We spend countless hours exposed to television, radio, CDs, books, newspapers, magazines, billboards and the Internet. These media help form our ideas, opinions, values and beliefs. They play a vital role in our democracy, shaping citizens’ understanding of social and political issues. The media influence the perceptions of citizens and decision-makers, affecting the policies that touch us all. On average, children spend nearly four hours a day watching television and view as many as 40,000 television commercials every year.
To have a true democracy, people need easy access to independent, diverse sources of news and information. But the last two decades have seen unprecedented corporate media consolidation. In the early 1980s, 50 media conglomerates dominated all media outlets including television, radio, newspapers, magazines, music, publishing and film. Today, most U.S. media are controlled by just six corporations.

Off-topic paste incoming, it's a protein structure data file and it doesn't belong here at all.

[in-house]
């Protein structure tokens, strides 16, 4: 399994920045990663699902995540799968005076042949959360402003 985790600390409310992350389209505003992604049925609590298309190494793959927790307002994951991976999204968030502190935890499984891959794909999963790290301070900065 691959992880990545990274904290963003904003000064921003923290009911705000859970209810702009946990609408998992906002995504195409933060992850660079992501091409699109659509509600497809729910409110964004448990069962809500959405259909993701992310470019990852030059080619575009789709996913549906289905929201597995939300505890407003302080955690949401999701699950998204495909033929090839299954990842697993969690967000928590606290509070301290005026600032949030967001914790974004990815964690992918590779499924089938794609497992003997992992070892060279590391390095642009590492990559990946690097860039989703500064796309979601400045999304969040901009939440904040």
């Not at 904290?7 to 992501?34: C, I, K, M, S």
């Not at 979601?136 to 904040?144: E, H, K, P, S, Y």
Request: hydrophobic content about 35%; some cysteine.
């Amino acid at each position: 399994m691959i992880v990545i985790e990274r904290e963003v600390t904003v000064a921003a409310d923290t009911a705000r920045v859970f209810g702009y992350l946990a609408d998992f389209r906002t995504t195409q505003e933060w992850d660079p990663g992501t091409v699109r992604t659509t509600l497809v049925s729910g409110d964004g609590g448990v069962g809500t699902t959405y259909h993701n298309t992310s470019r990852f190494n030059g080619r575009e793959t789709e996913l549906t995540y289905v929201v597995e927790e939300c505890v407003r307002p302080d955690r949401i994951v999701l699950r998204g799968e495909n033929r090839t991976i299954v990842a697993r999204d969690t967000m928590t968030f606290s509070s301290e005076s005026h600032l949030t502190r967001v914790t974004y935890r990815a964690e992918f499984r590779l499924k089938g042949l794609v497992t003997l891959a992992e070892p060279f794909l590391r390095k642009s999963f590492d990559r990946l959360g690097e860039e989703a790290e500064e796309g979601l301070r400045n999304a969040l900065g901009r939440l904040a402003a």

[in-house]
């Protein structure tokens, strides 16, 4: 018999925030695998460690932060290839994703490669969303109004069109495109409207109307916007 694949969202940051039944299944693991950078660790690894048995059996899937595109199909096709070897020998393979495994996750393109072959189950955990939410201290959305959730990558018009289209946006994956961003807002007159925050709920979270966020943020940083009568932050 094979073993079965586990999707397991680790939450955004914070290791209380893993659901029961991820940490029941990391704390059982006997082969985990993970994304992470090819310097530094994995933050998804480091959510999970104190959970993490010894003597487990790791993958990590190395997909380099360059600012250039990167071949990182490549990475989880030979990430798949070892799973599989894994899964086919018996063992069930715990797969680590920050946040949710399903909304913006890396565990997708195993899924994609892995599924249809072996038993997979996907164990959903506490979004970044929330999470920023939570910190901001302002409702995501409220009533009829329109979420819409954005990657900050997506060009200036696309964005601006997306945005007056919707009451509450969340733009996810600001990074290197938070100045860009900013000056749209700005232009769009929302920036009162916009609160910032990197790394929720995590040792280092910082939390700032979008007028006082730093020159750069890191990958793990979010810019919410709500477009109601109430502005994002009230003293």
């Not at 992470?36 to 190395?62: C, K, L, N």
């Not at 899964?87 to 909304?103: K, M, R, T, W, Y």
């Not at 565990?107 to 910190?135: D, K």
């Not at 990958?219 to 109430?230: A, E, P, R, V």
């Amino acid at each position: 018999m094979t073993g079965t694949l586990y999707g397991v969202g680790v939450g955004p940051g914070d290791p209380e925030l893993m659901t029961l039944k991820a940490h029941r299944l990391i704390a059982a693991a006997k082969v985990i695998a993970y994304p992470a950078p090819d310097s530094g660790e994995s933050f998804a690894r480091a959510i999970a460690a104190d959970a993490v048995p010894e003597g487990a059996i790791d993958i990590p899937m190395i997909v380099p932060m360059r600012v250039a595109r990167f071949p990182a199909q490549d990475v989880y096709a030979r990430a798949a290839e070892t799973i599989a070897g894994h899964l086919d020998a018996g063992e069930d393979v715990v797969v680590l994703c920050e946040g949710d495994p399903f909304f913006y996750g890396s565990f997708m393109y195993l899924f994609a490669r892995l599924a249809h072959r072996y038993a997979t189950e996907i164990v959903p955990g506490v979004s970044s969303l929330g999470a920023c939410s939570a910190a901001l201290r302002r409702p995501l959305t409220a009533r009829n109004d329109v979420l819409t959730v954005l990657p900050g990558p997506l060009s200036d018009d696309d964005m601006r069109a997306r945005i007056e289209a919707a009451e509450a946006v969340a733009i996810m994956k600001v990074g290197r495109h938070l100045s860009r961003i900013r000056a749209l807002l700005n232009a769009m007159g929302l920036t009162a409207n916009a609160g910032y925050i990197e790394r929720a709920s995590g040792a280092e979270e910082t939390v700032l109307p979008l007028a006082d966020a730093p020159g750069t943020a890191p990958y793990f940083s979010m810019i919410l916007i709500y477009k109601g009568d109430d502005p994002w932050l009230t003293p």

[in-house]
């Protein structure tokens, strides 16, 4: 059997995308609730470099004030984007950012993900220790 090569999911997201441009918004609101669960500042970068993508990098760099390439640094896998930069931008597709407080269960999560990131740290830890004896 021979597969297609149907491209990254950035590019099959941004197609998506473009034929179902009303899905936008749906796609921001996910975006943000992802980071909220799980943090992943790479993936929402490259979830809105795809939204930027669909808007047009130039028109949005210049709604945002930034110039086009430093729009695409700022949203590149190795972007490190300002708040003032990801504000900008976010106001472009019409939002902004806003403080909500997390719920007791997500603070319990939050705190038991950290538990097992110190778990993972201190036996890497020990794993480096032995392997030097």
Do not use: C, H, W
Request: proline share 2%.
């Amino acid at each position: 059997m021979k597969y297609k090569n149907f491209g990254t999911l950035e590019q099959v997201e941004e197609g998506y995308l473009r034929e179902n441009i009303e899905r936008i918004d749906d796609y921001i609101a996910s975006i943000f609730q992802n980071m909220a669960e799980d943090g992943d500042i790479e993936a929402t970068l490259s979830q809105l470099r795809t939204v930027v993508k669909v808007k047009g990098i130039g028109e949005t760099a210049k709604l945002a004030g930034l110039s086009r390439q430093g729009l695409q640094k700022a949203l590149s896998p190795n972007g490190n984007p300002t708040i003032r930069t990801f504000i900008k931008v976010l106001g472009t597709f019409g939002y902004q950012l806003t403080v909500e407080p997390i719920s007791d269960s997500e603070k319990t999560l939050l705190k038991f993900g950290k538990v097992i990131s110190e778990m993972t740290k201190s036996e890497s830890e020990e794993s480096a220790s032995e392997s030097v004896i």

We need trustworthy, stimulating and value-driven information to create change. Although thousands of issue-oriented websites offer outstanding public interest content that can help users to find public information to act, the role of journalism is to help society focus on critical issues that we face. Increasingly, news coverage is shaped by the corporate owners of the media, who themselves have an obligation to their shareholders. The role of journalism is to investigate conflicting stories, which inevitably leads to challenging the policies of people in power.